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Structure and Function of the AAA+ ATPase p97, a Key Player in Protein Homeostasis

  • Petra HänzelmannEmail author
  • Carolina Galgenmüller
  • Hermann Schindelin
Chapter
Part of the Subcellular Biochemistry book series (SCBI, volume 93)

Abstract

p97 belongs to the functional diverse superfamily of AAA+ (ATPases Associated with diverse cellular Activities) ATPases and is characterized by an N-terminal regulatory domain and two stacked hexameric ATPase domains forming a central protein conducting channel. p97 is highly versatile and has key functions in maintaining protein homeostasis including protein quality control mechanisms like the ubiquitin proteasome system (UPS) and autophagy to disassemble polyubiquitylated proteins from chromatin, membranes, macromolecular protein complexes and aggregates which are either degraded by the proteasome or recycled. p97 can use energy derived from ATP hydrolysis to catalyze substrate unfolding and threading through its central channel. The function of p97 in a large variety of different cellular contexts is reflected by its simultaneous association with different cofactors, which are involved in substrate recognition and processing, thus leading to the formation of transient multi-protein complexes. Dysregulation in protein homeostasis and proteotoxic stress are often involved in the development of cancer and neurological diseases and targeting the UPS including p97 in cancer is a well-established pharmacological strategy. In this chapter we will describe structural and functional aspects of the p97 interactome in regulating diverse cellular processes and will discuss the role of p97 in targeted cancer therapy.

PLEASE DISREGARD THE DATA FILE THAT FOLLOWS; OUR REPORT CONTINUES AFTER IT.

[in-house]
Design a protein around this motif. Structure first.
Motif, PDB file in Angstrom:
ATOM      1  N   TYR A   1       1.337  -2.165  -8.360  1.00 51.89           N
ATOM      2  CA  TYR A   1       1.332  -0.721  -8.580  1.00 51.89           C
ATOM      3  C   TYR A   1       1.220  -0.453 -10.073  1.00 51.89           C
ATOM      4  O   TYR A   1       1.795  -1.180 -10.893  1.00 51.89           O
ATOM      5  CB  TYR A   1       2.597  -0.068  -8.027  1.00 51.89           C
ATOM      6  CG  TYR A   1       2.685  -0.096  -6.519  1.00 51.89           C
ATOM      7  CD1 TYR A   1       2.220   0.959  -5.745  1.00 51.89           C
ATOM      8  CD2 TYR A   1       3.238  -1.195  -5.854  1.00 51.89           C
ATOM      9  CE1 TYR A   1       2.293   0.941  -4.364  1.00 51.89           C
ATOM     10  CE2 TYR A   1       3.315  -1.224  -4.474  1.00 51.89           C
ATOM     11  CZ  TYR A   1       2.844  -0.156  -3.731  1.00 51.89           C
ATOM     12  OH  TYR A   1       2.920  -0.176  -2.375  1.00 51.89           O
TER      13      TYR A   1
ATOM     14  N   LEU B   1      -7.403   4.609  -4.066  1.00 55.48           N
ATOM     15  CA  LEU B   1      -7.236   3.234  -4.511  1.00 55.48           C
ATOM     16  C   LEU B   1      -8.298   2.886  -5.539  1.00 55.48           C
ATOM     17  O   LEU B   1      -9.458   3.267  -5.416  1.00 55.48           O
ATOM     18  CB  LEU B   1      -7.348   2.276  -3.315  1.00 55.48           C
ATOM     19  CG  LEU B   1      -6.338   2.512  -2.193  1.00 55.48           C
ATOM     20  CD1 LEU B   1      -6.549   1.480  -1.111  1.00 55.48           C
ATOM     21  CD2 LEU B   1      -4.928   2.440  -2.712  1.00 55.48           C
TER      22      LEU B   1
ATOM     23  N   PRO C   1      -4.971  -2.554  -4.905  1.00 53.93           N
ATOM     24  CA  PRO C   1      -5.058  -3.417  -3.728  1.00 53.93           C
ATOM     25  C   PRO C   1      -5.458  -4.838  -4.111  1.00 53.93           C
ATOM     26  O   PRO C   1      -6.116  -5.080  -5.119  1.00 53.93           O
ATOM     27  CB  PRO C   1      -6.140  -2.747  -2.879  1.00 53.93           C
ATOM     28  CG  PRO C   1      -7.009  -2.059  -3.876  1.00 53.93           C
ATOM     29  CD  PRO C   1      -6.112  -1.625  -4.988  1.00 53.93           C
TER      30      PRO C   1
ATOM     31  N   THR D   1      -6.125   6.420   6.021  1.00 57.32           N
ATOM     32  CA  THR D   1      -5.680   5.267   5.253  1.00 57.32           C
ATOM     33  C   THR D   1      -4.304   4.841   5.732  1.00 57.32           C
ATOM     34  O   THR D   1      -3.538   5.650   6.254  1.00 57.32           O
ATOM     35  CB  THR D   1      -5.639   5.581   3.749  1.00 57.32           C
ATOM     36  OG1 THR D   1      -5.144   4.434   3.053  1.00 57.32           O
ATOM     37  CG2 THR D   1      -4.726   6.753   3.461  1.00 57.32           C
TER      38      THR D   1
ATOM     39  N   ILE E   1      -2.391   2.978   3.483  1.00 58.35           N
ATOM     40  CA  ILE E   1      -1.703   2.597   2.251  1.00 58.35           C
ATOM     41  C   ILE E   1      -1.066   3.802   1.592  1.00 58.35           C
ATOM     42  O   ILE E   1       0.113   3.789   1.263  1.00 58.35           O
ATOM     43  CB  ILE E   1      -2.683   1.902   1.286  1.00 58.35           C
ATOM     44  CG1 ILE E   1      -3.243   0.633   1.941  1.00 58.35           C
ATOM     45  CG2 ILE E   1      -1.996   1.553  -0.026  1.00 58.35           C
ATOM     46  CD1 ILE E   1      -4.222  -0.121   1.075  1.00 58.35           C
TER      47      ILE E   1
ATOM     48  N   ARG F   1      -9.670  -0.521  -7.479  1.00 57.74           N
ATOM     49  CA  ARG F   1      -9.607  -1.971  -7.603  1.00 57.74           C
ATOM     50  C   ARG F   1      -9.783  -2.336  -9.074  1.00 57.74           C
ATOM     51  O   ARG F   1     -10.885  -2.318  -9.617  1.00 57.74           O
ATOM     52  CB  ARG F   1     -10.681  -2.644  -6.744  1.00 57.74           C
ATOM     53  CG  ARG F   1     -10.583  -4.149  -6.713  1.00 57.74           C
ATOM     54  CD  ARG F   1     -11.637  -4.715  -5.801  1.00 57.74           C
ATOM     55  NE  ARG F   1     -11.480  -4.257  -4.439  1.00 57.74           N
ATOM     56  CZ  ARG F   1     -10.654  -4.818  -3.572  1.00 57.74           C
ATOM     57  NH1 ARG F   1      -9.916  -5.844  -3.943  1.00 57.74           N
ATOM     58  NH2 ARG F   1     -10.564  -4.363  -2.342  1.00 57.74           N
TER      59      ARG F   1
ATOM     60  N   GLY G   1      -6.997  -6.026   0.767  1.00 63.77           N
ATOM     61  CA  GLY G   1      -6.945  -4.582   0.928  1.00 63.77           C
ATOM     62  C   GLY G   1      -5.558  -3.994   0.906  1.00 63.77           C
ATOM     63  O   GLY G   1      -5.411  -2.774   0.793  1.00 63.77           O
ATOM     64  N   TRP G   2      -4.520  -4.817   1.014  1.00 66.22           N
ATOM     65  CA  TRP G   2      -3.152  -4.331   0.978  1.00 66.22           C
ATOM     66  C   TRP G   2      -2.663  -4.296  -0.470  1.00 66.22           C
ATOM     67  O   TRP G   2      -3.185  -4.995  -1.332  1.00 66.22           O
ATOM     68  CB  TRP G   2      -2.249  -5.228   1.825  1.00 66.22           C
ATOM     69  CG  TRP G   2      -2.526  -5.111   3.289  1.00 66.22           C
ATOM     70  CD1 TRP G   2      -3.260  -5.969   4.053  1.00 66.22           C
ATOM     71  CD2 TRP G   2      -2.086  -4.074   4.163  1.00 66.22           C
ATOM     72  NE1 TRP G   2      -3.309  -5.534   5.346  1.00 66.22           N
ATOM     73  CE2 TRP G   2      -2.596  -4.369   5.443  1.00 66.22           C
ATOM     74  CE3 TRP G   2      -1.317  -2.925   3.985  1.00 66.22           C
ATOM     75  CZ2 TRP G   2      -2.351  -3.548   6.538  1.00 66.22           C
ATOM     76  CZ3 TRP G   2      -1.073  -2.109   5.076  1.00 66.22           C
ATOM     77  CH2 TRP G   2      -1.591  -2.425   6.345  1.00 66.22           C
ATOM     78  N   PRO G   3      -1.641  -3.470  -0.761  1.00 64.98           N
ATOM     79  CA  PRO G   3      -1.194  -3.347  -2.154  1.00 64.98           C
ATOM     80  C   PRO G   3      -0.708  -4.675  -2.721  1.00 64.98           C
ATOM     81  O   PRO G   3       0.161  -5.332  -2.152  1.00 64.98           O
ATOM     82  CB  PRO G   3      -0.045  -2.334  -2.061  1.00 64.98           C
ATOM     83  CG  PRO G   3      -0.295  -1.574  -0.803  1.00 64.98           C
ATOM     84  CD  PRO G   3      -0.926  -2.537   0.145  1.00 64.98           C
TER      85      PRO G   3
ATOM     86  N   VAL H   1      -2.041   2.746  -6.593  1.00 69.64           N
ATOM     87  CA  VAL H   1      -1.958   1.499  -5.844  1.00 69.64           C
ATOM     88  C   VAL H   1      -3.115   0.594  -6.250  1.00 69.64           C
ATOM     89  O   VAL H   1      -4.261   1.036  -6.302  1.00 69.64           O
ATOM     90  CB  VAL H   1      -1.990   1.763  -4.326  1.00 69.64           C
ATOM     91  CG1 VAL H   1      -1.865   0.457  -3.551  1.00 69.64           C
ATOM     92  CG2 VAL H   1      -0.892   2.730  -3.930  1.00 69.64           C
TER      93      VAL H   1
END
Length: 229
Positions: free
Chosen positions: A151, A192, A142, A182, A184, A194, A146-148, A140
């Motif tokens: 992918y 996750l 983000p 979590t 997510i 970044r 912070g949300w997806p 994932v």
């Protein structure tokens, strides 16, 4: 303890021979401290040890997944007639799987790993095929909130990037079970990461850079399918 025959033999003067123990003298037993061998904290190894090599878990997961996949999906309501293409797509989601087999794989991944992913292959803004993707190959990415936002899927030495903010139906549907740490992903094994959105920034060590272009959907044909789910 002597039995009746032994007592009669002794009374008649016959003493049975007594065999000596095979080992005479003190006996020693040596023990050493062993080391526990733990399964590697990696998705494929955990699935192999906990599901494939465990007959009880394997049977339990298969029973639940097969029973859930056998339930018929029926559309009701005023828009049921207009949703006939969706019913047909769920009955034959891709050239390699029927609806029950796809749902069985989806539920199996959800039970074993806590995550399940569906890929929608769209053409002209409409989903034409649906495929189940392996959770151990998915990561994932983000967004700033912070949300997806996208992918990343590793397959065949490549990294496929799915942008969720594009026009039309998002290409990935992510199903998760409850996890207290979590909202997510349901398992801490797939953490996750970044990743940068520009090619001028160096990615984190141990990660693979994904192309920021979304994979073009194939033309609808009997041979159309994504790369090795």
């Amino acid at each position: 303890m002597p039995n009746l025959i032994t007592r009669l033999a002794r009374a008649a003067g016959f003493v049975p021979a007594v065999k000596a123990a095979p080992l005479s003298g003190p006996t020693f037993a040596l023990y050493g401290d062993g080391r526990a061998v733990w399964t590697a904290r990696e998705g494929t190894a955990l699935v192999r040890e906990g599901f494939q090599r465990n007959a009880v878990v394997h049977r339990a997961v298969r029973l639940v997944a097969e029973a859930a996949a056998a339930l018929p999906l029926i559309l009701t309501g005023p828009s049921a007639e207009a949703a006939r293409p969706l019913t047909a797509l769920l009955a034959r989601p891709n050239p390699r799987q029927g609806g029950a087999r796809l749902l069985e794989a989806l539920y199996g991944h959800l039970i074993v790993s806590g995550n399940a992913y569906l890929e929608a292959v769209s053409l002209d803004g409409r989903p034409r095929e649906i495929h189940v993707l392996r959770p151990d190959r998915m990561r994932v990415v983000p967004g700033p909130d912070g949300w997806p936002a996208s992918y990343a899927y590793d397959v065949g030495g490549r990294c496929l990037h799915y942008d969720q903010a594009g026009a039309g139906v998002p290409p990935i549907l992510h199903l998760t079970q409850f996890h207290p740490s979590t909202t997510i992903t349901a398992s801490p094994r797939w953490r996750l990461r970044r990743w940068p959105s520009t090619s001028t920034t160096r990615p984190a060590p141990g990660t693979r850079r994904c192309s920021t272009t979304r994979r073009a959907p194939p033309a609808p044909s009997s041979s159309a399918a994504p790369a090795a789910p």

Keywords

AAA+ ATPase p97 Ubiquitin Cancer therapy Protein homeostasis Protein quality control Unfoldase Protein disassembly 

Notes

Acknowledgements

This work was supported by the Deutsche Forschungsgemeinschaft (Grant GRK2243/1) and the Rudolf Virchow Center for Experimental Biomedicine.

Note Added in Proof

Two recent cryo-EM structures (Cooney et al. 2019; Twomey et al. 2019) of Cdc48–cofactor complexes bound to either a polyubiquitylated model substrate or a native substrate visualized substrate/ubiquitin-derived residues in the central channel of Cdc48. Furthermore, the Cdc48 subunits adopted a helical arrangement consistent with the generalized hand-over-hand mechanism of protein translocation by AAA+ ATPases. Processing of ubiquitylated substrates was found to be initiated by ubiquitin unfolding and the insertion of its N-terminal segment into the central Cdc48 channel.

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Copyright information

© Springer Nature Switzerland AG 2019

Authors and Affiliations

  • Petra Hänzelmann
    • 1
    Email author
  • Carolina Galgenmüller
    • 1
  • Hermann Schindelin
    • 1
  1. 1.Rudolf Virchow Center for Experimental BiomedicineUniversity of WürzburgWürzburgGermany

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